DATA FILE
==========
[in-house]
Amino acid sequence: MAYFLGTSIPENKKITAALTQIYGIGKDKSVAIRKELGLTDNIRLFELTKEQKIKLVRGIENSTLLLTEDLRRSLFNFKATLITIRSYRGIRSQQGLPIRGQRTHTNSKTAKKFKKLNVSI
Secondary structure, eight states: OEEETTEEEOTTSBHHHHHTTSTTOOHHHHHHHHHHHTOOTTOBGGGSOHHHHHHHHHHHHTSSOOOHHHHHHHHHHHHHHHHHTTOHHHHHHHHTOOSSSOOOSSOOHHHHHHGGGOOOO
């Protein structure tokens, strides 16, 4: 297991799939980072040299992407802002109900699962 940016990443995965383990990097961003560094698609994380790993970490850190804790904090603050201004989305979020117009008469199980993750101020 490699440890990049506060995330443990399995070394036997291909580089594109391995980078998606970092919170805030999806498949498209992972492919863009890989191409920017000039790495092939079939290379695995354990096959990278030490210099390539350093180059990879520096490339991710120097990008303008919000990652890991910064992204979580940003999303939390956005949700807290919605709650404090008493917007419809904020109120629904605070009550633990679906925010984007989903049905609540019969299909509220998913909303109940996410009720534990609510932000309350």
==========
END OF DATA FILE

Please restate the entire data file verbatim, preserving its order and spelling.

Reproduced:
[in-house]
Amino acid sequence: MAYFLGTSIPENKKITAALTQIYGIGKDKSVAIRKELGLTDNIRLFELTKEQKIKLVRGIENSTLLLTEDLRRSLFNFKATLITIRSYRGIRSQQGLPIRGQRTHTNSKTAKKFKKLNVSI
Secondary structure, eight states: OEEETTEEEOTTSBHHHHHTTSTTOOHHHHHHHHHHHTOOTTOBGGGSOHHHHHHHHHHHHTSSOOOHHHHHHHHHHHHHHHHHTTOHHHHHHHHTOOSSSOOOSSOOHHHHHHGGGOOOO
């Protein structure tokens, strides 16, 4: 297991799939980072040299992407802002109900699962 940016990443995965383990990097961003560094698609994380790993970490850190804790904090603050201004989305979020117009008469199980993750101020 490699440890990049506060995330443990399995070394036997291909580089594109391995980078998606970092919170805030999806498949498209992972492919863009890989191409920017000039790495092939079939290379695995354990096959990278030490210099390539350093180059990879520096490339991710120097990008303008919000990652890991910064992204979580940003999303939390956005949700807290919605709650404090008493917007419809904020109120629904605070009550633990679906925010984007989903049905609540019969299909509220998913909303109940996410009720534990609510932000309350």